Falling behind on mortgage payments can be terrifying. Unfortunately, it’s also a common occurrence. In the second quarter of 2020, mortgage delinquencies increased by nearly 4%, according to the Mortgage Bankers Association. While the number of late payments decreased in the third quarter, they were still higher than at the same time in 2019.
While it might feel easier to hide the bills or ignore calls from your lender, that’s the worst thing you can do. If you want to keep your home, you’ll need to be proactive.
How can I catch up on my mortgage payments?
Here are a few ways you can take steps to address your late payments and, hopefully, stay in your home.
- Call your lender
- Consider a refinance
- Ask about loan modification
- Ask about mortgage forbearance
- Chapter 13 bankruptcy
1. Call your lender
Call your lender as soon as you know you won’t be able to make your payment. They may be able to extend your grace period. If you have an otherwise clean payment history, they may even let you defer a monthly payment. Keep an open line of communication so that if you do need to take more radical action, they’ll have your information ready.
Make sure to use an online mortgage calculator to determine what lower rates or a longer repayment term could do for your mortgage payment. You can also head to Credible to compare mortgage refinance rates if you believe that will help make monthly payments more affordable and help you in the long-run.
2. Consider a refinance
As mortgage rates sit near historic lows, now may be an excellent time to consider a refinance. Lower interest rates could help you reduce your monthly payment. Additionally, adjusting your loan terms to an extended repayment period would also reduce your monthly payment.
Refinancing could make your monthly payments more affordable, but it’s not free. A refinance will likely cost several thousand dollars. To see how much you could save on monthly mortgage payments by refinancing now, crunch the numbers and compare rates using Credible’s free online tool.
3. Ask about a loan modification
When you refinance a loan, you must qualify with a good credit score and income. A loan modification allows you to work directly with your lender to change the terms of your current mortgage. You won’t have to deal with underwriting, but you’ll need to get your lender to agree to changes. Modifying your loan could affect your credit score, and if you miss a payment, the lender may be less forgiving. But you could get more affordable monthly payments without the cost of a refinance.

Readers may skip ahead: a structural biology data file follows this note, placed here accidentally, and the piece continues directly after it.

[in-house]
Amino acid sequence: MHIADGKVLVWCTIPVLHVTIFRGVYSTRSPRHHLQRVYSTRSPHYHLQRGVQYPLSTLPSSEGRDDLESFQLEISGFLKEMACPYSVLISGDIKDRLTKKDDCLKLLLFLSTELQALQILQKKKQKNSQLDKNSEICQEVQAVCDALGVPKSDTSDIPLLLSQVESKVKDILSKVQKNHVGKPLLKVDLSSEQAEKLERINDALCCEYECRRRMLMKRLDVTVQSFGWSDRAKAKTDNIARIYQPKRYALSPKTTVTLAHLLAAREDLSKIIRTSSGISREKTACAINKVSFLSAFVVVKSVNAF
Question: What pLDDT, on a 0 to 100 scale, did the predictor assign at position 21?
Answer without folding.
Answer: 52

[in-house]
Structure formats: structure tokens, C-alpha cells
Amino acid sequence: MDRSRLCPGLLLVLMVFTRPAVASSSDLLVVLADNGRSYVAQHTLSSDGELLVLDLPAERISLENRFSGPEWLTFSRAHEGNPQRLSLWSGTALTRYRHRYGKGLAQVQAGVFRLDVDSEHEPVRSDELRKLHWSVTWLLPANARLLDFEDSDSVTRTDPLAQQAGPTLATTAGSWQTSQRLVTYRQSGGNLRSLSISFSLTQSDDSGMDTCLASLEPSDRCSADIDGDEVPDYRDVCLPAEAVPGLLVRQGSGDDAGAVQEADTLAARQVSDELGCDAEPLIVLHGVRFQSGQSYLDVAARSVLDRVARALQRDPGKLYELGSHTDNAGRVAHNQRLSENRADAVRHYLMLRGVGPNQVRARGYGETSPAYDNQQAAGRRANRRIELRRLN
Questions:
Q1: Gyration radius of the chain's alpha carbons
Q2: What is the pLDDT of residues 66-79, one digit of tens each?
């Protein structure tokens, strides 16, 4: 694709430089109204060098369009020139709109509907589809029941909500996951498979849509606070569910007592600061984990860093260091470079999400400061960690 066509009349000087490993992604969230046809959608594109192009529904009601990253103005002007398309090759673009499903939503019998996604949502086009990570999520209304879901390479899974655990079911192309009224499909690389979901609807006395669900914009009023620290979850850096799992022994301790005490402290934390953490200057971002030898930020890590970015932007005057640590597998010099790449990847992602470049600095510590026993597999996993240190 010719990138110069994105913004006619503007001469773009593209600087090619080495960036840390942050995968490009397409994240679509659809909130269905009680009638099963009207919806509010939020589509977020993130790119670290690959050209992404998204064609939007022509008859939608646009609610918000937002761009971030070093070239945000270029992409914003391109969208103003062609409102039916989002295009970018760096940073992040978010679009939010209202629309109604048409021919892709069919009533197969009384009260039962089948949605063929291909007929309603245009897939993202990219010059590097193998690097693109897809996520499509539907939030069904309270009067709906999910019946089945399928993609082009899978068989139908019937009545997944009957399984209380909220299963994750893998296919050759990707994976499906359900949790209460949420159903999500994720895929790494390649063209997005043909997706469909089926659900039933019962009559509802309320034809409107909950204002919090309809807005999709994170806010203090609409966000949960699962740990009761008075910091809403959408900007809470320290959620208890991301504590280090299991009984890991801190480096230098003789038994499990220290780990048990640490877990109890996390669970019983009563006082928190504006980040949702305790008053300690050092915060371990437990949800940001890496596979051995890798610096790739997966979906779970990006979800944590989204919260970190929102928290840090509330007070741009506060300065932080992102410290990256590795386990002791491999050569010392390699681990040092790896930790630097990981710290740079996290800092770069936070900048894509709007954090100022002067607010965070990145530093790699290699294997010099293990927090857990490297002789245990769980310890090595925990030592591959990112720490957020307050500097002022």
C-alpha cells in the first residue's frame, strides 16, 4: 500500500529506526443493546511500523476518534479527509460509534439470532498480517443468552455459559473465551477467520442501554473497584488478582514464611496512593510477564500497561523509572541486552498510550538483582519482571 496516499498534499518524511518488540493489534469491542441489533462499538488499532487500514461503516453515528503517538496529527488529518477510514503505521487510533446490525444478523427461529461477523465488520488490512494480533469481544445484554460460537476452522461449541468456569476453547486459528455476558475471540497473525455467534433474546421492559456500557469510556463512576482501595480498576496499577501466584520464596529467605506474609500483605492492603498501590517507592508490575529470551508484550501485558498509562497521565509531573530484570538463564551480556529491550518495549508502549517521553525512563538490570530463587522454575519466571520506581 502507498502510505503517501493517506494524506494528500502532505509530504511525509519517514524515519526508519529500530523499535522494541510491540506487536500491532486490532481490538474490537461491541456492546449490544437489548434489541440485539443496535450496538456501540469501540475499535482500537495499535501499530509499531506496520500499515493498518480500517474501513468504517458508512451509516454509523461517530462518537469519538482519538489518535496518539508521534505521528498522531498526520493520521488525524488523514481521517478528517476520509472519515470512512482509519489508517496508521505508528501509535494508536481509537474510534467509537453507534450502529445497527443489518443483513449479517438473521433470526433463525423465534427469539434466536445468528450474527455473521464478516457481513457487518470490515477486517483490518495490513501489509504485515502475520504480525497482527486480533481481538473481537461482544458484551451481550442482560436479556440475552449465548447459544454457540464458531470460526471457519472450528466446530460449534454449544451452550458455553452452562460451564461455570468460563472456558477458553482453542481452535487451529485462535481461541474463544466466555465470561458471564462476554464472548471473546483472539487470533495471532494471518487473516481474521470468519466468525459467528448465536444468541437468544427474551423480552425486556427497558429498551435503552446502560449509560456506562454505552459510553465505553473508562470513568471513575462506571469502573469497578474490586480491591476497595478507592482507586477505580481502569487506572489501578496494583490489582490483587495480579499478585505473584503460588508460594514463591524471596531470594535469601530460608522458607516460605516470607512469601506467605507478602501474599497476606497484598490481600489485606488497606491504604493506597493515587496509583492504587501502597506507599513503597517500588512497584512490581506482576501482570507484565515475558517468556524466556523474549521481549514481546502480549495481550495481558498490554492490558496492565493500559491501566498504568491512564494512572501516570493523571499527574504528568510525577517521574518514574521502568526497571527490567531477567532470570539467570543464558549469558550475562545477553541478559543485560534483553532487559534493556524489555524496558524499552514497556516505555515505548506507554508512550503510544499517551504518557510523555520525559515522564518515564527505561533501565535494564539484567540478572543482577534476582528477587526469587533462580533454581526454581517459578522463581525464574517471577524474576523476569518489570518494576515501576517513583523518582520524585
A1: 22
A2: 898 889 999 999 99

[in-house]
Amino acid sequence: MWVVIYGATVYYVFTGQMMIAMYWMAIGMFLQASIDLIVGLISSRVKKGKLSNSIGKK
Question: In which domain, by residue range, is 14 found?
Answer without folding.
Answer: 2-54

If you’re unsure whether a loan modification or refinance is a better option, visit Credible to get prequalified rates without affecting your credit score.
4. Ask about mortgage forbearance
Mortgage forbearance allows you to suspend or reduce your monthly payment temporarily. President Biden extended the deadline to ask for forbearance until March 31, 2021. It's worth contacting your lender to explore this and other forbearance options base on your circumstances.
5. Chapter 13 bankruptcy
A Chapter 13 bankruptcy is the nuclear option, and you should avoid it if possible. A bankruptcy will affect your credit for several years and make it difficult to qualify for other lines of credit. However, you may be able to save your home with Chapter 13. This type of bankruptcy stops all foreclosure proceedings, but you must continue to make your monthly payments on time. If you file for a Chapter 13 bankruptcy, you’re still responsible for your debts, but you’ll pay them through a trustee over three to five years.
Today’s mortgage rates
The average 30-year fixed-rate mortgage was 2.77%, and the average 15-year fixed-rate mortgage was 2.21%, at publication, according to Freddie Mac. Interest rates on both the 30-year and 15-year mortgages have dropped 0.83% from the same time last year.
While rates are already low thanks to the Federal Reserve’s efforts to spur the market, there are likely other factors as well. There is a considerable demand for homes in many markets. This demand, paired with a low supply, can cause interest rates to dip. Other factors that influence mortgage rate fluctuation include location, current events, and the bond market.
Millions of homeowners are facing financial difficulties after a trying 2020. However, there is help available. Most lenders are more than willing to work with homeowners while they’re working on getting back on their feet. If you’re behind, contact your lender as soon as possible to see what type of options you have available.
Don’t forget to visit Credible to get in touch with experienced loan officers who can answer your mortgage questions and help you decide if a mortgage refinance is a good option for your financial situation.